We take it for granted that we can open our smartphones, click on an app, and do, well, pretty much everything. The apps that we use today have come a long way in the past few decades. 

From humble beginnings as productivity tools, they’ve replaced everything from notepads and calculators to gaming platforms. These days you can do anything you imagine, all from your mobile phone.

Here’s a brief look at the history of mobile apps, where they came from, how popular they’ve become, and what their future might hold.

PDAs Lead the Way

Before the launch of smartphones, personal computers gradually got smaller and became hand-held devices known as personal digital assistants (PDAs). These devices could send and receive emails and perform essential organizing functions. They came with productivity apps like calendars, address books, and notepads. 

In November 1993, IBM released a PDA called ‘The Simon,’ which many consider the world’s first smartphone. It was a phone, pager, address book, email client, calculator, fax machine, and more all rolled into one—and it had a touchscreen! Its ten built-in productivity apps set the scene for what eventually became mobile phone apps.

The Blackberry came next with new apps like ringtone creators and to-do lists. The company that developed the Blackberry, Research in Motion (RIM), was the inventor of the push notification. So, you know who to blame when that little noise goes off on your phone at 2 am.

The First-Ever Mobile Phone App

Almost everybody remembers or has heard about the ‘Snake’ arcade game Nokia put on its 6110 mobile phone in 1997. For the first time, a phone did something more than make and receive calls or send text messages. Snake was so popular that other games like Tetris, Pong, and Tic-Tac-Toe followed.

Many consider ‘Snake’ the first-ever app, as it paved the way for what was yet to come in smartphones and their capabilities. To this day, games are still the most downloaded apps for mobile phones.

Chat Apps Become Popular

Mobile phone users began to want to communicate more effectively than sending a single SMS. They wanted to be able to have texting conversations. While these services were available on PCs, the next step was to release them on smartphones.

Apps like IRC, ICQ, AOL’s AIM, Yahoo, and Facebook Messenger all had their release dates in the late 2000s. These apps were the grandparents of the ones we have today. WhatsApp, Viber, and Line now dominate the chat market.

The App Store by Apple

Steve Jobs had a brainwave in 1983 about having an online store where people could buy software over phone lines. However, it wasn’t until 2001, when Apple released iTunes, that this became a reality. While iTunes was the place to buy media like music and videos, he wanted a way for people to access smartphone apps all in one place.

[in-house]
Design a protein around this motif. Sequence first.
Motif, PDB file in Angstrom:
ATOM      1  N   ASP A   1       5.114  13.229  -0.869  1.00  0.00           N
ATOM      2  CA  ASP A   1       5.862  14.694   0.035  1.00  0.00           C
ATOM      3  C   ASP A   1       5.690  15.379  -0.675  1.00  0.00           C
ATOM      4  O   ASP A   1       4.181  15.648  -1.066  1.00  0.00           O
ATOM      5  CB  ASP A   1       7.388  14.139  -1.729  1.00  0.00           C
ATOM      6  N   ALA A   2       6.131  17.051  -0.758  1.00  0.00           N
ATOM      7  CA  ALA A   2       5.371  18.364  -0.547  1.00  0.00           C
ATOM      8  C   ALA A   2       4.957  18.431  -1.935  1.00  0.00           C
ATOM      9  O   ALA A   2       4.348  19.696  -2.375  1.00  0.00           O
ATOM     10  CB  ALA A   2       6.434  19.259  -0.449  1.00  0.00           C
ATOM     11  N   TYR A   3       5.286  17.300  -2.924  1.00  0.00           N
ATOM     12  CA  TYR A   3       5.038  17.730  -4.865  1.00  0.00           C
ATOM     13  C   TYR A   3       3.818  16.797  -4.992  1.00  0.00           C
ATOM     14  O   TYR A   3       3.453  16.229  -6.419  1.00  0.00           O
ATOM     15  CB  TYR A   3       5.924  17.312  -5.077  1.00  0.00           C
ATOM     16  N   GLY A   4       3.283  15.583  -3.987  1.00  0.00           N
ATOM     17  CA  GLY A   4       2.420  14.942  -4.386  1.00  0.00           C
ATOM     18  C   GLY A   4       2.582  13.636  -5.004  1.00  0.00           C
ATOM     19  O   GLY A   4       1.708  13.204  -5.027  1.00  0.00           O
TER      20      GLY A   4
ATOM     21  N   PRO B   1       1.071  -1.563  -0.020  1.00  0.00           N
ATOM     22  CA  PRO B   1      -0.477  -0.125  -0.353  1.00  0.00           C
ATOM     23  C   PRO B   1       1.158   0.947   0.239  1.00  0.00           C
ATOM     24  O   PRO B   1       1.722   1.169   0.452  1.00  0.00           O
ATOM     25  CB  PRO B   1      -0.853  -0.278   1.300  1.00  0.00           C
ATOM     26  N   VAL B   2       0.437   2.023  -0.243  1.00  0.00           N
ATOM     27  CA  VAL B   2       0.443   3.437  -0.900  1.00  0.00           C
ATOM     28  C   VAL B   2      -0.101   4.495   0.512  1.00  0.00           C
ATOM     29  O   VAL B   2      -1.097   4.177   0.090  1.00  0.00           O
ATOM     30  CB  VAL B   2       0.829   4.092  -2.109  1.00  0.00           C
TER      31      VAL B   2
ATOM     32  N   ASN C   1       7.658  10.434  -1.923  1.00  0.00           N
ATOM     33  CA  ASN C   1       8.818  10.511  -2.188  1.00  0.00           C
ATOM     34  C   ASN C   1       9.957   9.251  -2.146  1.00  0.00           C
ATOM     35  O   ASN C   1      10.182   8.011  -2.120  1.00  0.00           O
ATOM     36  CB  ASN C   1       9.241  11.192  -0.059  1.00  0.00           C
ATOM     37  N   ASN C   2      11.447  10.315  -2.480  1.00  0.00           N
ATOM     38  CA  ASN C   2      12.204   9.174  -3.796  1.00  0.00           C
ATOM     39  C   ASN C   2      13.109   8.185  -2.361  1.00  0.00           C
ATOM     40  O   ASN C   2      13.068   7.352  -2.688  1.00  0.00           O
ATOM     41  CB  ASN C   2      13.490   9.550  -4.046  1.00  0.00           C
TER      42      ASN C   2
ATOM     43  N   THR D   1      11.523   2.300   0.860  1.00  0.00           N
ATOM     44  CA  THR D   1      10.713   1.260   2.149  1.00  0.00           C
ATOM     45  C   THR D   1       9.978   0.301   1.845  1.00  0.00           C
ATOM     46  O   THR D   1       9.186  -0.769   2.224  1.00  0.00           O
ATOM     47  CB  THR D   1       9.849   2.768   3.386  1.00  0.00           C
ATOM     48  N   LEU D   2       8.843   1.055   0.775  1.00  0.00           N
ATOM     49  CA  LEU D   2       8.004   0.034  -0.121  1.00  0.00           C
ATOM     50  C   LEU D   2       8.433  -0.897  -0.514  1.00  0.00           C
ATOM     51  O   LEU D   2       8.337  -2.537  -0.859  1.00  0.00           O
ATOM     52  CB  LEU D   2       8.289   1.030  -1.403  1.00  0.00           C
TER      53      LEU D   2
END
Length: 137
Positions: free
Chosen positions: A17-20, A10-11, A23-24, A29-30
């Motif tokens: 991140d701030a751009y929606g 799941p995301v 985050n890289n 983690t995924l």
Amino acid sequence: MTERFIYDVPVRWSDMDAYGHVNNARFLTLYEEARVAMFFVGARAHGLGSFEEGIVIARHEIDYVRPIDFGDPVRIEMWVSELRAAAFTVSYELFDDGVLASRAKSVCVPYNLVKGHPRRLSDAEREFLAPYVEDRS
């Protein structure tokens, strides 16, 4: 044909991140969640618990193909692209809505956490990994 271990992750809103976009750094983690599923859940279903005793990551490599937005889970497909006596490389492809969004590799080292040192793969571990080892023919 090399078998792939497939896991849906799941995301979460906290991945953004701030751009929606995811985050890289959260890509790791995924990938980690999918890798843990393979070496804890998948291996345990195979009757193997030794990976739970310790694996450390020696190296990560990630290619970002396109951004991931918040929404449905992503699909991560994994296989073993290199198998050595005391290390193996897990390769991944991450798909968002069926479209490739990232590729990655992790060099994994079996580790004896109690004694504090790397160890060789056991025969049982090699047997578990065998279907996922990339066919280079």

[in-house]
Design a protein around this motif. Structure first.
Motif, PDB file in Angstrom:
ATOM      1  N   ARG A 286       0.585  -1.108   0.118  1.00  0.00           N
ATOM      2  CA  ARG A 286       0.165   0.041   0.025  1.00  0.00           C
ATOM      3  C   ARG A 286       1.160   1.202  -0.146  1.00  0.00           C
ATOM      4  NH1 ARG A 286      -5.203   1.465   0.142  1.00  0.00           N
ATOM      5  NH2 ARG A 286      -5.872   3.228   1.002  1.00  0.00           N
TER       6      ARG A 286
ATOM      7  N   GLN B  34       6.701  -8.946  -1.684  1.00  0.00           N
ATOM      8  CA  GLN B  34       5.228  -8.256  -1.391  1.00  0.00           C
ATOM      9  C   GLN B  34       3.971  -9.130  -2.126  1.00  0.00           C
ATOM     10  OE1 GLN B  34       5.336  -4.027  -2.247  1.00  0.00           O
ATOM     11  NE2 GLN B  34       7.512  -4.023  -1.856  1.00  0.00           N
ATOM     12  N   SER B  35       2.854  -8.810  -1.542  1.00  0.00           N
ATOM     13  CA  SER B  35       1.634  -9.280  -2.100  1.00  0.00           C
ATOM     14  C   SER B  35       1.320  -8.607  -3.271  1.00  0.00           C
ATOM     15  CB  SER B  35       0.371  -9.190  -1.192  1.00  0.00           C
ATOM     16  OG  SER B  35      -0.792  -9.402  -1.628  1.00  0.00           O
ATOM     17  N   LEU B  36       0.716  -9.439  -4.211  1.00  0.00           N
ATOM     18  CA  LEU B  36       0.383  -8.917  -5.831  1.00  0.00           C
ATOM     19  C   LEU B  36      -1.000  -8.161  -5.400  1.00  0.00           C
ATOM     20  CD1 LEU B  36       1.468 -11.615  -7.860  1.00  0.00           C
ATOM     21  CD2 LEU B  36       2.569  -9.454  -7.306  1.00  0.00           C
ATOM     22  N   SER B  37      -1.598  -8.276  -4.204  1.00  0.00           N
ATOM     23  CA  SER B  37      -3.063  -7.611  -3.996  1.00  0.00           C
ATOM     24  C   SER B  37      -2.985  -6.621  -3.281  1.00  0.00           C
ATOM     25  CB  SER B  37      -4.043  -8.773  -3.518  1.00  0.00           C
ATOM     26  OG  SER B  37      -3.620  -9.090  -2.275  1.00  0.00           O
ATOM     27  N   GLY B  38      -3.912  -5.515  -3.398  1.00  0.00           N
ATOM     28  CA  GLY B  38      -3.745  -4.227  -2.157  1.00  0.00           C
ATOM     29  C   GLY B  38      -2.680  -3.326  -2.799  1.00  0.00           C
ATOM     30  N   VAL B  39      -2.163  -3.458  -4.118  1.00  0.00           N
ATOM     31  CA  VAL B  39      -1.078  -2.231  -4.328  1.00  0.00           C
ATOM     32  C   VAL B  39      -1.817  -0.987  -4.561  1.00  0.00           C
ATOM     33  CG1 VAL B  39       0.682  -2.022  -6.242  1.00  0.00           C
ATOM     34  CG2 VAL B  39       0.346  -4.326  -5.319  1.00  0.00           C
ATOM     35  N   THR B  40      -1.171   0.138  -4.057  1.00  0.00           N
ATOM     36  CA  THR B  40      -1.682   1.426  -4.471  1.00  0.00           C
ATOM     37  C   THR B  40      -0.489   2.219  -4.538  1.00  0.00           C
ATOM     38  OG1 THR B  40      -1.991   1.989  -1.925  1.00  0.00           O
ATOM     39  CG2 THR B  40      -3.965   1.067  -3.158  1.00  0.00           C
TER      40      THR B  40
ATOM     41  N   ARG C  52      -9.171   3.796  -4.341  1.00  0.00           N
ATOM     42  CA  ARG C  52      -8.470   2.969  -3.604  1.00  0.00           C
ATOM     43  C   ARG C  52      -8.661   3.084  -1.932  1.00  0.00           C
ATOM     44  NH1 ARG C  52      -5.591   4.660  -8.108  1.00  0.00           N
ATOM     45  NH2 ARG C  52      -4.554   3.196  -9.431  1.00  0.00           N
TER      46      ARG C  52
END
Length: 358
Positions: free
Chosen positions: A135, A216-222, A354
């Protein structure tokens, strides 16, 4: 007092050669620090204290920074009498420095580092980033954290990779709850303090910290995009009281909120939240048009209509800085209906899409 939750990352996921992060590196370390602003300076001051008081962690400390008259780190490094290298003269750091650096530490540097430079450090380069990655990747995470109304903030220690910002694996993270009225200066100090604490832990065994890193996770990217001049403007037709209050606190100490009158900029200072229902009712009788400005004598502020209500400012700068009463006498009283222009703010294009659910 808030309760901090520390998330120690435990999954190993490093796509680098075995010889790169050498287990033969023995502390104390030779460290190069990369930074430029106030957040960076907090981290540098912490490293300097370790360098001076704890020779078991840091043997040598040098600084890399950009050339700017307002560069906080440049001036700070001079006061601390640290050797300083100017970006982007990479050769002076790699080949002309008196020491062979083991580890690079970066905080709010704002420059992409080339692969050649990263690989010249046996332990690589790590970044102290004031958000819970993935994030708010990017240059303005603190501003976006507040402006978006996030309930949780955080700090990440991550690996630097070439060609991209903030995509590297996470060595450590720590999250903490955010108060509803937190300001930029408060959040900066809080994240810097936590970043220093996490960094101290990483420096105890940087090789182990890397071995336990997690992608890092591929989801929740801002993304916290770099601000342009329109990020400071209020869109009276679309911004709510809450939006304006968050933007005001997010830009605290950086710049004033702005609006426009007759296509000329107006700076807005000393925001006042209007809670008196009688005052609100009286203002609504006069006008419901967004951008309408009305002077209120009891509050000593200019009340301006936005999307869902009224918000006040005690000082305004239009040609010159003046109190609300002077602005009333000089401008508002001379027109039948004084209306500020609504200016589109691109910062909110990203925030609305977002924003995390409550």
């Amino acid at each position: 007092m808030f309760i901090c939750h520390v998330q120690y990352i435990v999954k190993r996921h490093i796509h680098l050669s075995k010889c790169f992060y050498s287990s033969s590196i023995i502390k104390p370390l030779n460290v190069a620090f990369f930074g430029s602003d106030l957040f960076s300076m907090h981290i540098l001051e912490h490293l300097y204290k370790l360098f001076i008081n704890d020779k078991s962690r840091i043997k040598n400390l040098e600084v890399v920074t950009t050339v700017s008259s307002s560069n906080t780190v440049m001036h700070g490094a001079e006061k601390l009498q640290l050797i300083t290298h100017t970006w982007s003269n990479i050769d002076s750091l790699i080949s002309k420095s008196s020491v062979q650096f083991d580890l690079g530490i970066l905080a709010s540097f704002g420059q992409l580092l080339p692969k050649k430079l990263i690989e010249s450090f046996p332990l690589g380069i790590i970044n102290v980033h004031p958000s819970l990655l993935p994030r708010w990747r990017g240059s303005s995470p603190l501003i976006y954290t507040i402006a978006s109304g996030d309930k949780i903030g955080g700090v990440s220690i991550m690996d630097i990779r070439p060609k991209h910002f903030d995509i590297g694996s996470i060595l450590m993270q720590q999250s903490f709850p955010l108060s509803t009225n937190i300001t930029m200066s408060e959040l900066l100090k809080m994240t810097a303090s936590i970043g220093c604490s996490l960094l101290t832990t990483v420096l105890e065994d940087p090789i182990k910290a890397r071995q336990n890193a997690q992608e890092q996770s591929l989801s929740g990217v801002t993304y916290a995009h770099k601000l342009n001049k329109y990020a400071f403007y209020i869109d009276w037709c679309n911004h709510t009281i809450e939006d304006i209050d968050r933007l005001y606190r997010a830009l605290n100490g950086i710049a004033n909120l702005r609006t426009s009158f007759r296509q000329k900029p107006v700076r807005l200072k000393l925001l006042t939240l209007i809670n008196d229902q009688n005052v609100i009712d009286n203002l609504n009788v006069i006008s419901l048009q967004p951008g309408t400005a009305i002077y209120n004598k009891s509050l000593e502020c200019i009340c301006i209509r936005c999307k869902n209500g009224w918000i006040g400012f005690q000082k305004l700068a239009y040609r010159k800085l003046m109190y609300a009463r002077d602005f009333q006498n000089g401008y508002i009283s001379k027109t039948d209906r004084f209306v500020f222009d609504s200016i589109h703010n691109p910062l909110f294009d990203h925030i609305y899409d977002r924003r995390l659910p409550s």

In July 2008, the App Store was born. At the outset, it had 552 apps available; 135 were free, and the rest ranged in price from $0.99 to $69.99. Google launched its Android Market in October of that same year.  The Amazon App Store and Blackberry’s App World followed later. 

Four years later, Google rebranded the Android Market as Google Play, now the most extensive app marketplace, with over 3 million different options available to download.

Social Media Apps Are Born

As time went on, smartphone users got bored with productivity and game apps; they needed more web-based services to become available.

The social media giants at the time, Facebook and MySpace, released mobile apps on the first Apple App Store, and the others followed in the early 2010s.

The most downloaded app of all time is TikTok. Instagram and Facebook make up the top three, proving that social media apps are big business. But is social media the most popular annually? 

Most Popular Apps by Category

As mentioned, games are the most downloaded apps annually, comprising over 21% of the market. The three most downloaded Android games in history are Free Fire, Subway Surfers, and Candy Crush Saga, with over 1 billion downloads each.

Business apps became increasingly popular during the recent pandemic, especially for remote workers. Meeting apps like Zoom, Skype, and Google Meet are the most popular, with cloud storage tools like Dropbox and Google Drive seeing higher download numbers.

Education and lifestyle apps are the third and fourth most downloaded, at just under 9% each. Exam preparation, language, and music teaching apps are the most popular in education, with shopping and travel apps leading the way in the lifestyle category.

There’s an App for That

These days, whatever you need, you’ll find an app for it. The challenge comes when so many apps do roughly the same thing; how do you decide which is right for you?

That’s where comparison sites come in. Experts have already done the work for you, testing them all and providing the results, helping you to make an informed decision.

As an example, let’s consider iGaming. There are so many online gaming options out there you need to do a comparison of casino apps to find the one that offers you precisely what you’re looking for. The same goes for video game apps, recipe apps, travel apps, and everything else.

The Future of Mobile Apps

If anyone tells you your idea for a mobile app has already been done, they’re incorrect. Google Play releases an average of 1,828 new apps every day. As long as developers connect with people with ideas, there will always be a supply of new apps to download.

What may happen in the future is that technology-based apps will jump over the rest into the top position. The trends to watch out for are the new 5G networks, the advances in AI, and the metaverse. All of these have the potential to further shake things up as we approach the second half of the 2020s.